Antibiotics can kill bacteria without the need for reactive oxygen species (ROS). That's the claim of new research, which has added new evidence into the emerging debate over how antibiotics exert their lethal effects.
A study in 2007 suggested that all antibiotics kill by triggering the production of ROS, which interfere with bacterial cell processes.1 This hypothesis gained widespread support, but there is a growing body of evidence that this is wrong. This latest study, led by Frederic Barras from Aix-Marseille University in France2, showed that Escherichia coli strains that were hypersensitive to ROS, such as superoxide or hydrogen peroxide, were no more susceptible to antibiotics than unaltered strains.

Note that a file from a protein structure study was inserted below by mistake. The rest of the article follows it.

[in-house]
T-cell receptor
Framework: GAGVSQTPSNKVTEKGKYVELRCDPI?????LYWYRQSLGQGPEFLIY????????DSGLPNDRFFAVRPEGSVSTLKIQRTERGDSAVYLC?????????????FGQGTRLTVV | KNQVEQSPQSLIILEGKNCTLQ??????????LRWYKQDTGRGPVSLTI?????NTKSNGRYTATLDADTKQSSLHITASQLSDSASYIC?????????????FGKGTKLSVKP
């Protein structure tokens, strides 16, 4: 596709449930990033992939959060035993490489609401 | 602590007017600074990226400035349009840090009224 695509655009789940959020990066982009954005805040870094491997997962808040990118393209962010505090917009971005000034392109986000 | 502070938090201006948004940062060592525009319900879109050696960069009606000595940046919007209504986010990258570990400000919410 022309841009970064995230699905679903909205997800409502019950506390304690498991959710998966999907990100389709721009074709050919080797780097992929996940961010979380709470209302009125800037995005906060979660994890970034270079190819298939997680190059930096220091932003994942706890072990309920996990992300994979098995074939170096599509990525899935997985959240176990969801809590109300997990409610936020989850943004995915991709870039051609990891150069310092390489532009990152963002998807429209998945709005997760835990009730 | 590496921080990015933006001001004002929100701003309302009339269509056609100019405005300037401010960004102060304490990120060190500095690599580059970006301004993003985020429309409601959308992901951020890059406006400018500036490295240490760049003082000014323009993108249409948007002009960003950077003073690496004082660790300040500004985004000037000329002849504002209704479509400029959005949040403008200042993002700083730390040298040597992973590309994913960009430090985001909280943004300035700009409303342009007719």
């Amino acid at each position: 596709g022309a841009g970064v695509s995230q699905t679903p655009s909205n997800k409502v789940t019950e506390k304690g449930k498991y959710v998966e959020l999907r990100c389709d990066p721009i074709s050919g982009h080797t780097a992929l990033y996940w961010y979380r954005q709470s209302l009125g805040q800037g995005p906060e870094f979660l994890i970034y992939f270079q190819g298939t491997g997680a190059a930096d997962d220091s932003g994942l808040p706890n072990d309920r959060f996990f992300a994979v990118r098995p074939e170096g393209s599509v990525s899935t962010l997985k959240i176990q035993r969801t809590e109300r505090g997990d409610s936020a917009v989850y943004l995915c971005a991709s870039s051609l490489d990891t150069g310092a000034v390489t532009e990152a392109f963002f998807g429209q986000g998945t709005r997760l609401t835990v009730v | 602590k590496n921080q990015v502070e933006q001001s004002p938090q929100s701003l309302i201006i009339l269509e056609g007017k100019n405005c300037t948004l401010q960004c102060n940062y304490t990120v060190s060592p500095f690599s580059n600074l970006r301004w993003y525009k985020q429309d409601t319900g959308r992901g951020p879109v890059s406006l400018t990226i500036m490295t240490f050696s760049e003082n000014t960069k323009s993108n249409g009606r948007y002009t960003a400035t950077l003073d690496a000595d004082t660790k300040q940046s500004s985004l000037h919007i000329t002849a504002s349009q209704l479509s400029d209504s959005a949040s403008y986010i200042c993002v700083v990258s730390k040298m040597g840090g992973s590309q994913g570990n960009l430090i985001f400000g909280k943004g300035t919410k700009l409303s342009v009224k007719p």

They also investigated a mechanism proposed as the ROS-death pathway, in which ROS is thought to overstimulate respiratory electron transport chains and release iron from iron-sulfur clusters in bacterial cells, which eventually kills them. They found that although electron transport and iron-sulfur clusters are important for antibiotic action, the mechanism does not appear to involve ROS. The team say their findings may lead to new approaches to fighting antibiotic resistance, but do not support the idea that all antibiotics need ROS to kill.